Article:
AAH I love blinky lights :) Community Project Designer

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    I have told a number of people at the Adelaide and Melbourne minis that it is cheaper to throw away any mains voltage lights that they have and start again with low voltage dc lights. A LOR AC controller is something like $16 per channel. A DC controller can be had from $2 per channel. That leaves you with $14 for a set of lights.
    I'm assuming that you are in Aus or UK based on the 240V supply. The insulation requirement for 240V lights is so much more stringent than for 110V as it's so much more likely to kill you. If you have a look on the 110VAC Xmas forums you will see all sorts of posts about people tripping earth leakage (ground fault) circuit breakers. Their solutions are to isolate the metalwork of their mini trees etc from the ground and therefore leave them "live" and unsafe.
    There is a reason that the 240V lights are more expensive and a fair portion of that has to do with keeping people safe.
     
  5. battle79

    battle79 Full Time Elf

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    As Lithgow said, the logic here is flawed, 50% duty cycle still sends out 240Vrms (340Vpeak) just for shorter periods. You will get roughly half the watts that is true, but you will still have high voltages.

    You still have 240V in your yard, only now the lights are not built to 240V standards, instead they are likely to have insulation failures and could be extremely dangerous.

    As AAH said, as sad as it seems, DC lights are the best option in all cases and usually end up cheaper in the long run due to controller cost being much cheaper.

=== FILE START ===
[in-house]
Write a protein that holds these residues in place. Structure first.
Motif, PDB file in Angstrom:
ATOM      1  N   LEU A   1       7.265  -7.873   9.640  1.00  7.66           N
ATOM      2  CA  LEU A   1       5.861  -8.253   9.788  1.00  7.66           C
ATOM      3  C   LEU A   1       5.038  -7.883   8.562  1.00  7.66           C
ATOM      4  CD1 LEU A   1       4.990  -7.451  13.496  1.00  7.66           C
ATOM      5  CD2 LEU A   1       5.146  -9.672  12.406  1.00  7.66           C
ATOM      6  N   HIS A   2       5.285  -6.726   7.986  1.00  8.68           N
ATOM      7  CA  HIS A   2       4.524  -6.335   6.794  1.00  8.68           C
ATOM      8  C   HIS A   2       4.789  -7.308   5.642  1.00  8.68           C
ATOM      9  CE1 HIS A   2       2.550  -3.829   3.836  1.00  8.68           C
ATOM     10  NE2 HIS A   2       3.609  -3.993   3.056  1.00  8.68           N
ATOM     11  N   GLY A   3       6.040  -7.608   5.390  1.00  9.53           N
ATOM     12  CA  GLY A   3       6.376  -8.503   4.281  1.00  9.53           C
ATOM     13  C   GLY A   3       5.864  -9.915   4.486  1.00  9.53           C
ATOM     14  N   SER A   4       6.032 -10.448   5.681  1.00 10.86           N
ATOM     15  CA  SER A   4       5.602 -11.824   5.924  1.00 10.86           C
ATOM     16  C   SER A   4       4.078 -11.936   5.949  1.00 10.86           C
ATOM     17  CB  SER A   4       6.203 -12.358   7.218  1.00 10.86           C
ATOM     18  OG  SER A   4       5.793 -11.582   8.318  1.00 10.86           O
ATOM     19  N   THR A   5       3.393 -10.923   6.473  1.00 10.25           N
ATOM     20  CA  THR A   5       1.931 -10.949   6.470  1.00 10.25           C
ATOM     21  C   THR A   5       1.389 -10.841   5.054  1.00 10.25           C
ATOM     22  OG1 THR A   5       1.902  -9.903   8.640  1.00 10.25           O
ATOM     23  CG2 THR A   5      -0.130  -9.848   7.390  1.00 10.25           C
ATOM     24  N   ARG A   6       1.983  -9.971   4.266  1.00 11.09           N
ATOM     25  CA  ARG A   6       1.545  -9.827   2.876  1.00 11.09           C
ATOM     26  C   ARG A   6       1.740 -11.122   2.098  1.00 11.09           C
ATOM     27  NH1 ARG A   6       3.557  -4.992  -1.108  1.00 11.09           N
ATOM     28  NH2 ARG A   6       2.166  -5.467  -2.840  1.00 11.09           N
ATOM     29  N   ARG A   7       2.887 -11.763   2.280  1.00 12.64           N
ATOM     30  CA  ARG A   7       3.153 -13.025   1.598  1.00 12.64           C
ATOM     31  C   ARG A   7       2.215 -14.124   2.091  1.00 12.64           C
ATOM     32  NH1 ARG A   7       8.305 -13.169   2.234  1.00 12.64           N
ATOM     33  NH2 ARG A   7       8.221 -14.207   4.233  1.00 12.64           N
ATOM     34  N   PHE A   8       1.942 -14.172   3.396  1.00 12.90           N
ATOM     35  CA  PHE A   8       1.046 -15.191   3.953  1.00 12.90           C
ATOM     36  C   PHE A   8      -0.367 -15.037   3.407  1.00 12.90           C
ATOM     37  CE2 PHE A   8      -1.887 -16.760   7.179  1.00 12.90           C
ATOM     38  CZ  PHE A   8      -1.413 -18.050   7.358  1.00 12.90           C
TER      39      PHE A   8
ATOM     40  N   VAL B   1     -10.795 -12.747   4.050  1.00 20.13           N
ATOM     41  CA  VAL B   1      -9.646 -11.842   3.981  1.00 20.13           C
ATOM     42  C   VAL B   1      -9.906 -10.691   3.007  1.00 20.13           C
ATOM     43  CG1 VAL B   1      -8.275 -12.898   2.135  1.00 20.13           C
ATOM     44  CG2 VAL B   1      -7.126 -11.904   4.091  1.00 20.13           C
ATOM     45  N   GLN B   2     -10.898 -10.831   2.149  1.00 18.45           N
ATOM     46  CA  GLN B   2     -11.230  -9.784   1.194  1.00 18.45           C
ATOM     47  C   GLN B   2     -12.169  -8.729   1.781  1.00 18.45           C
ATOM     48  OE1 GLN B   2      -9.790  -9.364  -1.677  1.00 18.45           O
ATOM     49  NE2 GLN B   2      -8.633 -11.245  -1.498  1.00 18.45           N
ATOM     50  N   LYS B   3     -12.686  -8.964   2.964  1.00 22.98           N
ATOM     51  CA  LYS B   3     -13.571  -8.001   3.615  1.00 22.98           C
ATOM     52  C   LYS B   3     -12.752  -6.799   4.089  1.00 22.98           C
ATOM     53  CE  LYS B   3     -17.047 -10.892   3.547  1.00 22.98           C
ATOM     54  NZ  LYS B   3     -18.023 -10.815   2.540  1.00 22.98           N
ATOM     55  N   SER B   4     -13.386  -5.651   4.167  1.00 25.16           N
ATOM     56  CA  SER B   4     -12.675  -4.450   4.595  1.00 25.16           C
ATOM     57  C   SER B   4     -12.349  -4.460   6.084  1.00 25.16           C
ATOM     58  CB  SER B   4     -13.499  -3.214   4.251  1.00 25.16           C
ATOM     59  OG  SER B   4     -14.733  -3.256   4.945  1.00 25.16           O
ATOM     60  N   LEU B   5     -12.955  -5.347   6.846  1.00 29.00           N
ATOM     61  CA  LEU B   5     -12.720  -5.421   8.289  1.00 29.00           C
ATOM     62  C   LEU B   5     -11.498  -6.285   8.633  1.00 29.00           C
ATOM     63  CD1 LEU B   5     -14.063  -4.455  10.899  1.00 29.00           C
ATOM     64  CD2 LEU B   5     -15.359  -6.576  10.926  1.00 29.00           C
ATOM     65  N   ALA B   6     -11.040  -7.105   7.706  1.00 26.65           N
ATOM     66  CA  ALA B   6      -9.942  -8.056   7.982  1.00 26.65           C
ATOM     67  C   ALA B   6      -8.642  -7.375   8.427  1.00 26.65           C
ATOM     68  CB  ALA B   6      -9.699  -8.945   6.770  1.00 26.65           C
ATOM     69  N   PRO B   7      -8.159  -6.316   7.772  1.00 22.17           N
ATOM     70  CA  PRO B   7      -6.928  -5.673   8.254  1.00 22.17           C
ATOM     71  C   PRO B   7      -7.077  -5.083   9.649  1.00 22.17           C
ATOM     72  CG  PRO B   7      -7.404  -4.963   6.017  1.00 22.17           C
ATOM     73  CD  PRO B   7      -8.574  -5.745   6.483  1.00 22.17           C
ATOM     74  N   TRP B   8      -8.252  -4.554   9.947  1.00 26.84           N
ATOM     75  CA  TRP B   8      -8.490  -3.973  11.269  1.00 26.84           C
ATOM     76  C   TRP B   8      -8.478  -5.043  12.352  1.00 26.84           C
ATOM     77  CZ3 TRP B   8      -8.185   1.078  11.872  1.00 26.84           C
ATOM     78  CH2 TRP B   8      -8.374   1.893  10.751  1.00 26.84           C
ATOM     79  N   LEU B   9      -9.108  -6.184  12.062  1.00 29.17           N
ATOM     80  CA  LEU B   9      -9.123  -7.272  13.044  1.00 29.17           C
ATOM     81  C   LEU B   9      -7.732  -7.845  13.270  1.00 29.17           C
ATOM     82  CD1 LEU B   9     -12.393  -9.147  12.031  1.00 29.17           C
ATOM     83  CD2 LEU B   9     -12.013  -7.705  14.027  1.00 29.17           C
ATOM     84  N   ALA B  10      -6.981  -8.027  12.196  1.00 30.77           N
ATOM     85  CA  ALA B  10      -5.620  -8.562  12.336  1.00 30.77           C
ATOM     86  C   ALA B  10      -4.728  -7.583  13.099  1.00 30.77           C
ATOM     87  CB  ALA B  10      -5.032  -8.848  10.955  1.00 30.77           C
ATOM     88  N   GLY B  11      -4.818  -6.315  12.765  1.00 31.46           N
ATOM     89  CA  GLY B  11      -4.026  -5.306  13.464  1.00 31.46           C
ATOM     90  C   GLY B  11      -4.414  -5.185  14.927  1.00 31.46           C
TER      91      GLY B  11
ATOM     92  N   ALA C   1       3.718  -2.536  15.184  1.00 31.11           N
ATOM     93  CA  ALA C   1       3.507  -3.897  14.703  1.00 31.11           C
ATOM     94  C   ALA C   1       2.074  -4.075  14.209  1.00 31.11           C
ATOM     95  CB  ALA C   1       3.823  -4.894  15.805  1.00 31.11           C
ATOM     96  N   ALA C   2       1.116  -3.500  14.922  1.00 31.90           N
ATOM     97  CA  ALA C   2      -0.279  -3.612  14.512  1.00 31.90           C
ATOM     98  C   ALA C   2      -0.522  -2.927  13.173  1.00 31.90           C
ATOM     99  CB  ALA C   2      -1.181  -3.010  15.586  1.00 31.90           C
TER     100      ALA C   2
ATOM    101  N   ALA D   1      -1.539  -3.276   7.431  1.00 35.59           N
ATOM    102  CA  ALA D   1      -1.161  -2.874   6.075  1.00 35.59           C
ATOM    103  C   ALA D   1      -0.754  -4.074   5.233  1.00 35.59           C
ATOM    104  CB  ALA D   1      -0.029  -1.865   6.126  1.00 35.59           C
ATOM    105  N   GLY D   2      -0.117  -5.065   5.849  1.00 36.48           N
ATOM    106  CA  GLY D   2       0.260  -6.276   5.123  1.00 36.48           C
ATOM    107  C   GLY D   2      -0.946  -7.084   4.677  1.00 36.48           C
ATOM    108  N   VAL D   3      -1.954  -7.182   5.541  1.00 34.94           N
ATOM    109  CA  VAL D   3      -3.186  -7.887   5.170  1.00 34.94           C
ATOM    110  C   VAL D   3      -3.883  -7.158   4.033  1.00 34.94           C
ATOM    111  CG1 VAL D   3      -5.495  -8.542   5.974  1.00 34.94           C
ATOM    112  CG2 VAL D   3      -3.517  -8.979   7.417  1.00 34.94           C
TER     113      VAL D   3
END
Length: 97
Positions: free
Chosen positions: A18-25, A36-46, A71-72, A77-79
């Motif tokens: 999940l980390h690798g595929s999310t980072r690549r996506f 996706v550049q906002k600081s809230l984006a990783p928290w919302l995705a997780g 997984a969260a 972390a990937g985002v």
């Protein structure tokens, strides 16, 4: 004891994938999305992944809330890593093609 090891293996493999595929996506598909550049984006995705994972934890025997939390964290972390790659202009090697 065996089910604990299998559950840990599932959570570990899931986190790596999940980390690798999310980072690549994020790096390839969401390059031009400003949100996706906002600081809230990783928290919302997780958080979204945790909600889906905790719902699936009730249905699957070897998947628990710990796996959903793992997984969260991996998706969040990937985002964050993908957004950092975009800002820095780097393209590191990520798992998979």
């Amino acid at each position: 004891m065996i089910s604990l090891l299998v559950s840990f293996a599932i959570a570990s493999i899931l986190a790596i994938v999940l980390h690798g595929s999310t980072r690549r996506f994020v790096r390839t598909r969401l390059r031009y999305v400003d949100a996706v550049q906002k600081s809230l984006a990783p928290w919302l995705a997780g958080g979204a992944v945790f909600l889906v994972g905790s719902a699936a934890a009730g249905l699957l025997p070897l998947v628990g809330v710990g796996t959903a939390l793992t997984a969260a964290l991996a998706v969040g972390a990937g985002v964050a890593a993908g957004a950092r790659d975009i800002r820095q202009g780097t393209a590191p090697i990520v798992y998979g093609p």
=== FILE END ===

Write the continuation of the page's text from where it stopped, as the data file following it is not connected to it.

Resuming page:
Regards,
    Rowan
     
  6. OP
    OP
    deonb

    deonb New Elf

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    I can see that! Sorry. I'll go away. I see everybody is very hesitant about running line voltage on here.


    Things may be different in Australia, but virtually all 240V lights I've ever seen in my area, are using identical lightbulbs, identical wiring gauges and identical insulation from their 110V counterparts - very obviously made in China by the same manufacturers.

    The only difference is the number of bulbs per segment, whether it be 2x50 (110V) or 1x100 (220V).

    So they're not more expensive because they're safer. They're more expensive because there is less buying power behind them.
     
  7. David_AVD

    David_AVD Good news, everyone!

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    No need to go away. Just pointing out that ACL is not the best forum to ask that specific question.

    Hopefully there's plenty of other things you'll find here that will interest you. :)